Usage & abusage - In brief

Though less perfect than the leaf insect (p. 21), this leaf-mimicking katydid from Brazil also uses camouflage to enable it to blend with the foliage. © Patrick Ageneau/Musée des Confluences, Lyon (FR)
Though less perfect than the leaf insect (p. 21), this leaf-mimicking katydid from Brazil also uses camouflage to enable it to blend with the foliage. © Patrick Ageneau/Musée des Confluences, Lyon (FR)
Female rhesus monkey showing an interest in wheeled objects. © Yerkes National Primate Research Center
Female rhesus monkey showing an interest in wheeled objects. © Yerkes National Primate Research Center

Crafty bird

The striking and flamboyant killdeer (a species of plover) is a North American shorebird with a few tricks up its sleeve. Should a predator come too close to its nest or young, it will either attack directly or use the ‘broken-wing ploy' to distract the predator. This involves the killdeer hobbling away from its nesting area holding its wing as though it were broken, then flapping around on the ground and emitting a distress call. This tricks the predator into following what it sees as easy prey. After continuing to hobble for a while, the killdeer suddenly flies off. Meanwhile, its fledglings have remained safe and sound, either by keeping quiet and staying put or by scattering in all directions.


Boy toys, girl toys...

Researchers at the Yerkes National Primate Research Center at Emory University in Atlanta (USA) were interested in testing differences in behaviour between male and female monkeys. They set out to test their taste in toys, which in humans tends to be rather gender-specific, e.g. cars, drums or guns for boys, and dolls, cooking utensils and other ‘feminine' articles such as stuffed animals for girls. The researchers wanted to find out whether it is society that determines roles and influences choices from early childhood. The team compared the behaviour of 11 male and 23 female rhesus monkeys that had never been subjected to example or exhortation. Like human boys, the male monkeys exhibited a clear preference for wheeled toys. By contrast, the females were much more eclectic and touched all the toys. "As monkeys are not influenced by advertising or criticism regarding toy choice, it suggests that they choose toys on the basis of the activities the toys encourage," explains one of the researchers, Kim Wallen. Sensible monkeys...


Two-voice penguins

Flocks of penguins breed at the same time on the same little patch of land. Before long, the racket is so deafening that even a cat couldn't locate its own kittens, whereas a penguin, be it emperor or king, has no trouble at all. The throng of baby penguins is left to its own devices when the parents go off in search of food - sometimes for weeks at a time.

Even though the fledglings are totally blind and have scarcely any sense of smell, they recognise their parents the moment they return. It's all done by ear. Every penguin has its very own two-voice song. This is because its soundproducing apparatus is a two-part organ (the syrinx) located at the junction of the bronchi. As each branch of the syrinx produces sound independently, it means that a penguin produces two different voices at once. It is the quivering beat generated by the interaction of these two fundamental frequencies that conveys information about individual identity.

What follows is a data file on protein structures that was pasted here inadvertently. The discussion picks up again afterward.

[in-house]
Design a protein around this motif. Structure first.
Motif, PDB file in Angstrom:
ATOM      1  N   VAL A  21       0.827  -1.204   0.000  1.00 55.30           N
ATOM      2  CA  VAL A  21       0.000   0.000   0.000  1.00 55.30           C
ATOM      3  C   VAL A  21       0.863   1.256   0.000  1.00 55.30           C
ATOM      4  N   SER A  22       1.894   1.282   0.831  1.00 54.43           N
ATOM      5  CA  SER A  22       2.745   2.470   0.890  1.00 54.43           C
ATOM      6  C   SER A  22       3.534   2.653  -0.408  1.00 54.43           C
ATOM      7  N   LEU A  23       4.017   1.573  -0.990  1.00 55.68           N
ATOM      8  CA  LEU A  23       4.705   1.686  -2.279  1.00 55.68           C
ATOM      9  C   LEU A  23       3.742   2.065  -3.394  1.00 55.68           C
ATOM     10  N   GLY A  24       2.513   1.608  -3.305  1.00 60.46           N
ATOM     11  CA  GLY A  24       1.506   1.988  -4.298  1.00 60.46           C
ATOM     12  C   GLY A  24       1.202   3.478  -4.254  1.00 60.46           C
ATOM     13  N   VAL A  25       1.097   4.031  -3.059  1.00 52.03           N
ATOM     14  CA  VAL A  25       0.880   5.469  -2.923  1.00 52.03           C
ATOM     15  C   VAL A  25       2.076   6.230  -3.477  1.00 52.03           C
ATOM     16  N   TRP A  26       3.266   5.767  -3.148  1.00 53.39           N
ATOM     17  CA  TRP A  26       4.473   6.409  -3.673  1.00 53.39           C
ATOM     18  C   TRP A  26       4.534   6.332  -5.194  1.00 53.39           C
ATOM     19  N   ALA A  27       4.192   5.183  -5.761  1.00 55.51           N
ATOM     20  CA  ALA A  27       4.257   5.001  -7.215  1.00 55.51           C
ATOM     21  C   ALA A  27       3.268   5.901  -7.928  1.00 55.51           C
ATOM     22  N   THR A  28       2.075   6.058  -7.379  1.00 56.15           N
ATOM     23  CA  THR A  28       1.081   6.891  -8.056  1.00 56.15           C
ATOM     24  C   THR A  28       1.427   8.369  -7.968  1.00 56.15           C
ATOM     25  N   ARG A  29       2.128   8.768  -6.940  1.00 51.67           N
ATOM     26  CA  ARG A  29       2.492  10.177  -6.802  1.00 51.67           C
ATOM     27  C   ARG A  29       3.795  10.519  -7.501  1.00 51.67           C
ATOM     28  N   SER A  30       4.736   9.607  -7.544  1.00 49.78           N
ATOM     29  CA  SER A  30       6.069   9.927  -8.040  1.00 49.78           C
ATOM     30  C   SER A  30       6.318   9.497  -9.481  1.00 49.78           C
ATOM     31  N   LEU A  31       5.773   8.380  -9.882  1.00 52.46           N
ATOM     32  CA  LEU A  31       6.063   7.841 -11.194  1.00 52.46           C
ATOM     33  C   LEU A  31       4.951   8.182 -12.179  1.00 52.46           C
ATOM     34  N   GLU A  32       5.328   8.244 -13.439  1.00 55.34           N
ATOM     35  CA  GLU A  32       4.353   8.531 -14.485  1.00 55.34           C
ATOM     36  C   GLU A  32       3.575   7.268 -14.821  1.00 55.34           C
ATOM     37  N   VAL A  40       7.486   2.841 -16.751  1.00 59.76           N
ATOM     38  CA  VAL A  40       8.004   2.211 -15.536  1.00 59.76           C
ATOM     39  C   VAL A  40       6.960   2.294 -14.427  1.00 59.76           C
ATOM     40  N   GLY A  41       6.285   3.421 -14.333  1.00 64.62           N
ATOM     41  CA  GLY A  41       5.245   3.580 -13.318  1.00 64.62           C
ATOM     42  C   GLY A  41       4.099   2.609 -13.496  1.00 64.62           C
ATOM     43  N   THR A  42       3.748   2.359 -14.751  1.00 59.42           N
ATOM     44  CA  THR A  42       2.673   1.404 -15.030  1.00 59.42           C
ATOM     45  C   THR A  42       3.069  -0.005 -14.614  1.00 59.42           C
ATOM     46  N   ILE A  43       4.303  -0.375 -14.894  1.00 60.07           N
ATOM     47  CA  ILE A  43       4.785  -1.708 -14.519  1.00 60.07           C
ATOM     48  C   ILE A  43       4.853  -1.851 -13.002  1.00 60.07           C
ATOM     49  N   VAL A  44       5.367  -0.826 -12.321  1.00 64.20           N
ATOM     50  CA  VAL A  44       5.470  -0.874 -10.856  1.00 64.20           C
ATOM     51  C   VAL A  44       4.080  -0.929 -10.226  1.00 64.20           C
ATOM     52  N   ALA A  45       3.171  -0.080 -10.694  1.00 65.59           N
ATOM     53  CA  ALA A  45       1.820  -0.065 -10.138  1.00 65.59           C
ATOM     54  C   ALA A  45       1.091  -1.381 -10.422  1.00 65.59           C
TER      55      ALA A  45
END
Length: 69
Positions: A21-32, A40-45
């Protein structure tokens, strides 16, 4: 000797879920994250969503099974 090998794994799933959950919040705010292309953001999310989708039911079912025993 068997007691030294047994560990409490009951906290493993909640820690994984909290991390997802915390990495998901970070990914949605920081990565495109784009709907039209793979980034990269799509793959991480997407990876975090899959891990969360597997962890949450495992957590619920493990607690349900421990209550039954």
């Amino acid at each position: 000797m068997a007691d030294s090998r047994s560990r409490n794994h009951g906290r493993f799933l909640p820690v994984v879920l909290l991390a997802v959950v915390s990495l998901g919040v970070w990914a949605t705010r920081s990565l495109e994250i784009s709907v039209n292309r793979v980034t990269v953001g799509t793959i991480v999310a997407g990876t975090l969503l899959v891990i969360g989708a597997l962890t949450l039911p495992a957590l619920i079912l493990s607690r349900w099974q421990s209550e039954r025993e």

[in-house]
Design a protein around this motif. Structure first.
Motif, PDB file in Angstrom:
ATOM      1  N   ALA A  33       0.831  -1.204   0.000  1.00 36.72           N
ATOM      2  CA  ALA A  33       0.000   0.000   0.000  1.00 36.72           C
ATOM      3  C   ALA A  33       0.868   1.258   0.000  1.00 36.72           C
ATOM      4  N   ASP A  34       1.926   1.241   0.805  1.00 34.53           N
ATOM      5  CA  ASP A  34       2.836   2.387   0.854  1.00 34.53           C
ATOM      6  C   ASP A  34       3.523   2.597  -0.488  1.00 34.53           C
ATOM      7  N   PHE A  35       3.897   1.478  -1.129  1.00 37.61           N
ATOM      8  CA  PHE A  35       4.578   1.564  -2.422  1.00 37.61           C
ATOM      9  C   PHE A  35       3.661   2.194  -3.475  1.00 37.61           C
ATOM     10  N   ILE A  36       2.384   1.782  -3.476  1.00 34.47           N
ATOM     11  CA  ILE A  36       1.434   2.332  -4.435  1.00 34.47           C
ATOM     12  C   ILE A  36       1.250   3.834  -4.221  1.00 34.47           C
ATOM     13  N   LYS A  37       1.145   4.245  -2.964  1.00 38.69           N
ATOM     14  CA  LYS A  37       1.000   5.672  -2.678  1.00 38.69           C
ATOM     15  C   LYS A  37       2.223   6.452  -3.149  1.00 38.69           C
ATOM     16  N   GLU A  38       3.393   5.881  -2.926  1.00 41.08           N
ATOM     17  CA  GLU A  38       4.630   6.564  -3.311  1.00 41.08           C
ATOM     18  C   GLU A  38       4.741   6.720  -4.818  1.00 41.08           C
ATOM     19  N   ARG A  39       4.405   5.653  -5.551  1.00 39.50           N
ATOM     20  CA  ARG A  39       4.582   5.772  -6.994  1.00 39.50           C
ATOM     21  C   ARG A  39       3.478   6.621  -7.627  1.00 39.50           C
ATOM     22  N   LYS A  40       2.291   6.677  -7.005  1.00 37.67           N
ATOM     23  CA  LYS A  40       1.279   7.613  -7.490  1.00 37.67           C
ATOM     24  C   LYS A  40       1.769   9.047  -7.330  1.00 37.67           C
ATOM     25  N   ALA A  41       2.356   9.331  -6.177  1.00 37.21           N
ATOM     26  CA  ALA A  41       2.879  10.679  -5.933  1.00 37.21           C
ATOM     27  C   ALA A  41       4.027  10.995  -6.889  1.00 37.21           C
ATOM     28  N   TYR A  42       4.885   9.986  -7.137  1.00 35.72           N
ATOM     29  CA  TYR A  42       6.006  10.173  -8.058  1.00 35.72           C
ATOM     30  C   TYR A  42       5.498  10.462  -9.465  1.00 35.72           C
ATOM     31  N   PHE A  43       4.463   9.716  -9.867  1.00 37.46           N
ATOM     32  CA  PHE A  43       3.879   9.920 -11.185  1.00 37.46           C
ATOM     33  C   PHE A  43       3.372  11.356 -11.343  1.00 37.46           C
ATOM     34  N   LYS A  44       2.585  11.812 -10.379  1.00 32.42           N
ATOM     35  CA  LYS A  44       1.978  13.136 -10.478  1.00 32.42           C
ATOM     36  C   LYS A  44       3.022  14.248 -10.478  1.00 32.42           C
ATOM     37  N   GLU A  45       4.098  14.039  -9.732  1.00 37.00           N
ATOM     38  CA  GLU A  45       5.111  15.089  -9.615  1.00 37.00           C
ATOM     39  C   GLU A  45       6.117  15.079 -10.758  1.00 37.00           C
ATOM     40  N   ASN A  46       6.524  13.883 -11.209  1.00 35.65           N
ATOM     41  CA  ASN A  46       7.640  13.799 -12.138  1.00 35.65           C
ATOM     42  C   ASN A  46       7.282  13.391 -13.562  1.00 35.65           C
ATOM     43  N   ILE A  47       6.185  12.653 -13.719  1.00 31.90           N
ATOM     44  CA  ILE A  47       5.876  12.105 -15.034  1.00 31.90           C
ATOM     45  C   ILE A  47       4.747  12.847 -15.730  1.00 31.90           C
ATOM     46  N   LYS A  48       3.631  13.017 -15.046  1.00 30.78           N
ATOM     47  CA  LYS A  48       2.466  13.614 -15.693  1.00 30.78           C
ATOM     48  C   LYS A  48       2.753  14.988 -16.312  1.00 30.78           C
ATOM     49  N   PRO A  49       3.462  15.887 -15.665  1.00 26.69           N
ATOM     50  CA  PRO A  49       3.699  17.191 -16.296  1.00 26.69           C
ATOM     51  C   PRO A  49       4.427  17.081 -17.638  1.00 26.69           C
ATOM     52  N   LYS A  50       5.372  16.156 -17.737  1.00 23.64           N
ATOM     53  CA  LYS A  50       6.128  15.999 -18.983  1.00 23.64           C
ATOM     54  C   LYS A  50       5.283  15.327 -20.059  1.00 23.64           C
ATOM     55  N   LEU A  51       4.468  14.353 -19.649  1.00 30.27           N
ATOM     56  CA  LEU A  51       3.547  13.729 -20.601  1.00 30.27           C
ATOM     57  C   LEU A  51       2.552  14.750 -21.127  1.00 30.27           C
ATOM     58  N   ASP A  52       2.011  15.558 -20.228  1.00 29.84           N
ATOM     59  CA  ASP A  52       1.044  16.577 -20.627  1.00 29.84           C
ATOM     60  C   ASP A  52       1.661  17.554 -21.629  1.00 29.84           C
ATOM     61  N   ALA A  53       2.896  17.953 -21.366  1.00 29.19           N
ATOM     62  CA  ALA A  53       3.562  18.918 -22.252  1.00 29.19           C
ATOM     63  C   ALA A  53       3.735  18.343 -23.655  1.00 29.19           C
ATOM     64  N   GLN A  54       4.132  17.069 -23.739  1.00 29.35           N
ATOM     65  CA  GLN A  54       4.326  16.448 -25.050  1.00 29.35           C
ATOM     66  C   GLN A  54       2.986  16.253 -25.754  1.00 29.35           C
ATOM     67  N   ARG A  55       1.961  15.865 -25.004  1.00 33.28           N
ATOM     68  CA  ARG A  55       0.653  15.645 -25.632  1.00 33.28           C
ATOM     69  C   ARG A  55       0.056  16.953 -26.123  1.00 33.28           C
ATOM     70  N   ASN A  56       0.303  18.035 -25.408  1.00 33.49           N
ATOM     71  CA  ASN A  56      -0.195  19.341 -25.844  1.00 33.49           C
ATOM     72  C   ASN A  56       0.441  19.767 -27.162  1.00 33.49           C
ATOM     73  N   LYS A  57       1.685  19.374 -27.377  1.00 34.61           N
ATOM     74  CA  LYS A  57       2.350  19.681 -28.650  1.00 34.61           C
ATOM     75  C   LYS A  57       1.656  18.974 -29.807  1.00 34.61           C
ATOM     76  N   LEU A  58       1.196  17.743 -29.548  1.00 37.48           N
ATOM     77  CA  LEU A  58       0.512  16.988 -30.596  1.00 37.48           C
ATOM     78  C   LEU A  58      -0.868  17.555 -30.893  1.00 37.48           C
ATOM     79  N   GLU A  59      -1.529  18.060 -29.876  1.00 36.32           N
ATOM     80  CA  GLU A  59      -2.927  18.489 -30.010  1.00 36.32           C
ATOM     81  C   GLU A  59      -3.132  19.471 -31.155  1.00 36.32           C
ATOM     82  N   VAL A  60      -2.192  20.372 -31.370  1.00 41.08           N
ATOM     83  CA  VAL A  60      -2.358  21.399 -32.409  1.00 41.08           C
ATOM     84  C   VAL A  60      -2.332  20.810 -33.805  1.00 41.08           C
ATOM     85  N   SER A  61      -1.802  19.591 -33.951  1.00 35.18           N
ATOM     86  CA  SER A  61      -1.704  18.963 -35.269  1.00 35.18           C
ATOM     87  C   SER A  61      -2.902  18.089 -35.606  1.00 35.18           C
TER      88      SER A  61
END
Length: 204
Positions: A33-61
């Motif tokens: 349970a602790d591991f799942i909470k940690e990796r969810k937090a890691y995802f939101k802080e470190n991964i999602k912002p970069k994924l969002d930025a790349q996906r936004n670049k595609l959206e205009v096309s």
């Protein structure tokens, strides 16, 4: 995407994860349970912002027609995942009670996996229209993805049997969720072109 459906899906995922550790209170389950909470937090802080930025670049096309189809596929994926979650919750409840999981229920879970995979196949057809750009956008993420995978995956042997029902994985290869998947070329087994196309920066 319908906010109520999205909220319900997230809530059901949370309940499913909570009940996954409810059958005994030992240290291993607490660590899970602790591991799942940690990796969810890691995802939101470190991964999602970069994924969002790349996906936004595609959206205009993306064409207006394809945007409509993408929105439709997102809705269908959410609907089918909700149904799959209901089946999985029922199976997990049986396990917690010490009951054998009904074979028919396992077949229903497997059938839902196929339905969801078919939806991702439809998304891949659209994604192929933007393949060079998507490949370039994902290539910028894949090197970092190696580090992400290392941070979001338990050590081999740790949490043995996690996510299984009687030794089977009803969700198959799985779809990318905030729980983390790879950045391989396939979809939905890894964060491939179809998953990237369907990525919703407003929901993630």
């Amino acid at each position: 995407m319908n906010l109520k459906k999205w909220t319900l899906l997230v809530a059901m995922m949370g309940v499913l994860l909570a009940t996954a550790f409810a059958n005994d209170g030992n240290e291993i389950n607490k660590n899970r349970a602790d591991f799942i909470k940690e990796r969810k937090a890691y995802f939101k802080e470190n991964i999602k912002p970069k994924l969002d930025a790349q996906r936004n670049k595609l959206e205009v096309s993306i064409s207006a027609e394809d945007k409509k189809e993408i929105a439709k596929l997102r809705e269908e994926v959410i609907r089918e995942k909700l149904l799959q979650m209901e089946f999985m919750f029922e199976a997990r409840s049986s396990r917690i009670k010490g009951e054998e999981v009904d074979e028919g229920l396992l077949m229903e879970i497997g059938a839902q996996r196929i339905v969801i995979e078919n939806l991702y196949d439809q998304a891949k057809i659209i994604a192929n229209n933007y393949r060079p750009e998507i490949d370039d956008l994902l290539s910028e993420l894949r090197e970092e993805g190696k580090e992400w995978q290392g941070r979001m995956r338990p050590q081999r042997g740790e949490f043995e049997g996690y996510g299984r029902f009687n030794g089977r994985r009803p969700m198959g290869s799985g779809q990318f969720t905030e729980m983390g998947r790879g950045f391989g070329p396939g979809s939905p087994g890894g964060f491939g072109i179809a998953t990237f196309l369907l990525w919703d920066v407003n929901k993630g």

Self-medication

Researchers are keenly interested to learn how animals treat their own ills. Michael Huffman (Primate Research Institute, University of Kyoto) is an expert on the subject who has focused his research on the diet of the great apes. It "often consists of a variety of nonnutritional plants, containing secondary metabolites, which suggests that their ingestion has medical benefits." While working in Tanzania, Michael Huffman watched while a female chimpanzee that appeared to be suffering from an intestinal complaint chewed on shoots from the Vernonia amygdalina tree, extracting only the juice. Not surprisingly, the chimpanzee recovered quickly because, as local doctors are well aware, it is an excellent remedy for intestinal parasites. "So we find in the animal kingdom the biological roots of the human use of medicinal plants," he says.


Mimesis and mimicry

Camouflage is a well-known weapon of insects that allows for a range of strategies. Mimesis is common to numerous species and entails melting into the background to escape predators. For instance, some caterpillars, stick insects, butterflies and grasshoppers will imitate leaves. True mimicry is much more subtle. It is a means of openly appearing before predators in the guise of an unpalatable or noxious species. "The most remarkable strategy is when one species passes itself off as another. For this deceit, the vulnerable and palatable mimic species adopts the characteristics of the noxious or vulnerant (and so unpalatable) model species," writes Christian Levêque(1). Some of the most remarkable mimics are species of intertropical butterfly.

  1. Sur les traces du vivant, edited by Christian Levêque, Fage Editions, Musée des Confluences, 2007.

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